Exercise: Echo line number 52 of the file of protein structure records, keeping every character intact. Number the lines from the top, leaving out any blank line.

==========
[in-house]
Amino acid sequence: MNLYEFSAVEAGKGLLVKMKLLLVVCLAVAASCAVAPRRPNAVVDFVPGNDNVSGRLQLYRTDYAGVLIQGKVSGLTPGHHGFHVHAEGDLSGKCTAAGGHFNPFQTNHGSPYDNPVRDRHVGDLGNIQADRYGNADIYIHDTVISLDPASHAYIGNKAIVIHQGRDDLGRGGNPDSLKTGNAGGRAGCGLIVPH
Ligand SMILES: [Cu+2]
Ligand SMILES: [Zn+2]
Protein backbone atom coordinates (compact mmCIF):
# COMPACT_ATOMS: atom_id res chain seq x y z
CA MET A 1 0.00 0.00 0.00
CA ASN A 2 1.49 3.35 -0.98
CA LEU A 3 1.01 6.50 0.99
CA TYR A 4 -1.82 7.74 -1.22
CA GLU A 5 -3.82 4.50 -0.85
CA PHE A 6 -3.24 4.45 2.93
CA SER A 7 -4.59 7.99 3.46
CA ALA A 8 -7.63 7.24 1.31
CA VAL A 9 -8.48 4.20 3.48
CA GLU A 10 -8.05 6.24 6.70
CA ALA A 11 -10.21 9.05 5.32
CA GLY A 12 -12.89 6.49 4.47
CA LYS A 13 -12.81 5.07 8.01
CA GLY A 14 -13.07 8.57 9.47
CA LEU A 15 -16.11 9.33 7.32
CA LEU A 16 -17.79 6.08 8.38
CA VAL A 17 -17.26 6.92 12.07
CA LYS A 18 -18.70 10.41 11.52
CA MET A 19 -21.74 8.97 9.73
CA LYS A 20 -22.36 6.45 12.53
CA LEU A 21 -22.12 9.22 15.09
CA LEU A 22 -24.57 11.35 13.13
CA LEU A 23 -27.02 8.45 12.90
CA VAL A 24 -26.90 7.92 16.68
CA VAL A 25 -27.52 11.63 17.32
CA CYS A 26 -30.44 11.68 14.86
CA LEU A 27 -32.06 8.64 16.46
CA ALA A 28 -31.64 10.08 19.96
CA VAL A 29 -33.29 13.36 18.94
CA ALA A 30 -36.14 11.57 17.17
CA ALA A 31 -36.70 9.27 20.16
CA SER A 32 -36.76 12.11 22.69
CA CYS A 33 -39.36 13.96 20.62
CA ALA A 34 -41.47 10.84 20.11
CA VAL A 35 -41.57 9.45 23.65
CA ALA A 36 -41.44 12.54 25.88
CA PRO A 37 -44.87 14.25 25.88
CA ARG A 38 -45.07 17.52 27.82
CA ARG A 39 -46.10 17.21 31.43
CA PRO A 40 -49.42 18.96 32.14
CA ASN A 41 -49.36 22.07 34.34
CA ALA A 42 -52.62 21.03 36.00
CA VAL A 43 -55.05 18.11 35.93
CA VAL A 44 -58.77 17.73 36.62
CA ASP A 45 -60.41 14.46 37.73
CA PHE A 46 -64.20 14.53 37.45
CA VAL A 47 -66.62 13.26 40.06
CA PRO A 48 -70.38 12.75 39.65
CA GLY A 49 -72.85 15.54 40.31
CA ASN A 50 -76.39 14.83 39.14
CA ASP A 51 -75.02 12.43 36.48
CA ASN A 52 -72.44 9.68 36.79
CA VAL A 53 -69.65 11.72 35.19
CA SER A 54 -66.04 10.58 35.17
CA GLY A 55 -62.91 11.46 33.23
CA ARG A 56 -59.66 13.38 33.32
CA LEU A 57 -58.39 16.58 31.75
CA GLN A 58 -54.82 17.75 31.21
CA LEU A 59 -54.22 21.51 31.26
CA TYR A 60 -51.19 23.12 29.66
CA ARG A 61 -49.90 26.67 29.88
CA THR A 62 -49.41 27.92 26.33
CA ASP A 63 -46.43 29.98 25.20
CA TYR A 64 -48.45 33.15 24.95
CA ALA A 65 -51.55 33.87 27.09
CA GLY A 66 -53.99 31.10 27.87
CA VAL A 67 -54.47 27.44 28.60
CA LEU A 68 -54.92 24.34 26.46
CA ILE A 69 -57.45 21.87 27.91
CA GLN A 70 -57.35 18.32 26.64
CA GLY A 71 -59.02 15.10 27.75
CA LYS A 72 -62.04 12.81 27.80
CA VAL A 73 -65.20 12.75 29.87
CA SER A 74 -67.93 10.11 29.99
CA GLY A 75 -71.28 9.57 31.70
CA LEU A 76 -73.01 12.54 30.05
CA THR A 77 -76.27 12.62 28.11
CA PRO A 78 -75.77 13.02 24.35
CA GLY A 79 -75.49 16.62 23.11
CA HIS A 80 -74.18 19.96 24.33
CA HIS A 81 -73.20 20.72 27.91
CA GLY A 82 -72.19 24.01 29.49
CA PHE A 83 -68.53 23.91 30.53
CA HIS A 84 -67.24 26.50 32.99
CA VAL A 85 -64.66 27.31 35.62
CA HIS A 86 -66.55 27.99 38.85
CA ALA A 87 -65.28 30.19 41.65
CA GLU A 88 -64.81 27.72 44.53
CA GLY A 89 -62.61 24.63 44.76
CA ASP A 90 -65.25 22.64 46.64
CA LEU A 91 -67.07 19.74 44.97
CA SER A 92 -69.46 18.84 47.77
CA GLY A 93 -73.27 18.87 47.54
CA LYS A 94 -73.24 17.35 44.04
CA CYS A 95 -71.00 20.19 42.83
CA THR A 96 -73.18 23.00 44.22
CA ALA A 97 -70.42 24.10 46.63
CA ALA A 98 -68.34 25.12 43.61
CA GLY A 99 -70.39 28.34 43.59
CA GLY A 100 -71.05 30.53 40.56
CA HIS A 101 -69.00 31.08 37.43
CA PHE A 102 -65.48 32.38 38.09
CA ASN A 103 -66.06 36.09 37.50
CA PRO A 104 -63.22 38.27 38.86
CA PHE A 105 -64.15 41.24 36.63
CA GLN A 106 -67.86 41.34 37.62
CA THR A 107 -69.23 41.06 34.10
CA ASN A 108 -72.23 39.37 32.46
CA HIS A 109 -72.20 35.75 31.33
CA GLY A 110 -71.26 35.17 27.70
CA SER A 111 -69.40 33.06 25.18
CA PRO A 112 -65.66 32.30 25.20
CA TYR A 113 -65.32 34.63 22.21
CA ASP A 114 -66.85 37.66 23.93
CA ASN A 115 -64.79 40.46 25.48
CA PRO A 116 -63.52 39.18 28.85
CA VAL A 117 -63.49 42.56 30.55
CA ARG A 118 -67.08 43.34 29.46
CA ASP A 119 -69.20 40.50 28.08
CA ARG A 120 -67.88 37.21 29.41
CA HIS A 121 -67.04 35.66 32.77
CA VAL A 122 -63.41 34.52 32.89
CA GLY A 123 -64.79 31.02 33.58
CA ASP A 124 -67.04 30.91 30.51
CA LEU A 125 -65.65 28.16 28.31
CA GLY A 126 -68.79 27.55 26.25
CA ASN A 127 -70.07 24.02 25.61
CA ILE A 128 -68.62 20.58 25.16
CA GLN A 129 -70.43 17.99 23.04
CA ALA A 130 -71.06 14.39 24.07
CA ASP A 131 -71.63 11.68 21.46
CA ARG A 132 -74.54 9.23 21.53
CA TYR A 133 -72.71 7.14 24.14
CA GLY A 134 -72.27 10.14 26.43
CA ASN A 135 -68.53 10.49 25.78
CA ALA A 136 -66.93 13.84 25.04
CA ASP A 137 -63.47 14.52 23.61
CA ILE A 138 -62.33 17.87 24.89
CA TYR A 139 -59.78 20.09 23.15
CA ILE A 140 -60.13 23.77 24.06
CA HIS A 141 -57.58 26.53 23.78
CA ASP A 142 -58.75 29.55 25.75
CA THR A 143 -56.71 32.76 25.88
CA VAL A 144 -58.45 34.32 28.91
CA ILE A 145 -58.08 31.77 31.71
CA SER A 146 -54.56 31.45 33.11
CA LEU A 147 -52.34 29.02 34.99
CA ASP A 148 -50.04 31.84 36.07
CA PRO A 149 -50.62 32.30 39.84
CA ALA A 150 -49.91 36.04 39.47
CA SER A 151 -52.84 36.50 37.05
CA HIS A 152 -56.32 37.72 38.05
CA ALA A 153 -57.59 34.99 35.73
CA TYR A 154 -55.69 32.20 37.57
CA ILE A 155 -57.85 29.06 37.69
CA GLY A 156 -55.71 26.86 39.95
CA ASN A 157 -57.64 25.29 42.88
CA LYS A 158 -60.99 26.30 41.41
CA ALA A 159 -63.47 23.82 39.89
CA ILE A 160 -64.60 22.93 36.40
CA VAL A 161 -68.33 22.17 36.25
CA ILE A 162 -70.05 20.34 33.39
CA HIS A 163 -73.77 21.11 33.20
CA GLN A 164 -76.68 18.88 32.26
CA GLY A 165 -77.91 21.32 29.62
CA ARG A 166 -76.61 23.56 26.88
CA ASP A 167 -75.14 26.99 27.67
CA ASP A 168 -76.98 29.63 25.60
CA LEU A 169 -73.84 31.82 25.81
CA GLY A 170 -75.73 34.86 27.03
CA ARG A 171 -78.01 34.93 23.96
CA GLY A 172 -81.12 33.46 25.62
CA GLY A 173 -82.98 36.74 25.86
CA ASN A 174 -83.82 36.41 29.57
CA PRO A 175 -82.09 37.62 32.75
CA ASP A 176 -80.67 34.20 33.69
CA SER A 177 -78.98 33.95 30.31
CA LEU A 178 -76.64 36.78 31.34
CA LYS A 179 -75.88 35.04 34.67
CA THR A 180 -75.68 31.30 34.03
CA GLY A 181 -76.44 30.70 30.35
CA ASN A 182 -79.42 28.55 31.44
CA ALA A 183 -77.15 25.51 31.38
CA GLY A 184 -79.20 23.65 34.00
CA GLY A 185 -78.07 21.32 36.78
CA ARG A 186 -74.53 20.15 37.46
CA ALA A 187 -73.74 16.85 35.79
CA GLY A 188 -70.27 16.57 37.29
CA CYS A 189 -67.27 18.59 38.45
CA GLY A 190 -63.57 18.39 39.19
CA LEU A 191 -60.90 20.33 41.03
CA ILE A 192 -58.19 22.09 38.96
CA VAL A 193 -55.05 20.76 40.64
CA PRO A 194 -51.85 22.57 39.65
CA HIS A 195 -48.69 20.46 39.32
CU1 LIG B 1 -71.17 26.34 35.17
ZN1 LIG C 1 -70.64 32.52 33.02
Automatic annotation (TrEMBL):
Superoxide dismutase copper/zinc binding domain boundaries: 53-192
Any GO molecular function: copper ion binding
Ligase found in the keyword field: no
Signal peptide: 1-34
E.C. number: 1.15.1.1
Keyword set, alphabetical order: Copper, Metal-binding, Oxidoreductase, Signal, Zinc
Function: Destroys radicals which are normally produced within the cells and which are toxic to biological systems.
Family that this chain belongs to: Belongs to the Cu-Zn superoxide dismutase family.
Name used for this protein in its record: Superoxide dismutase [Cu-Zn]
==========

CA PHE A 46 -64.20 14.53 37.45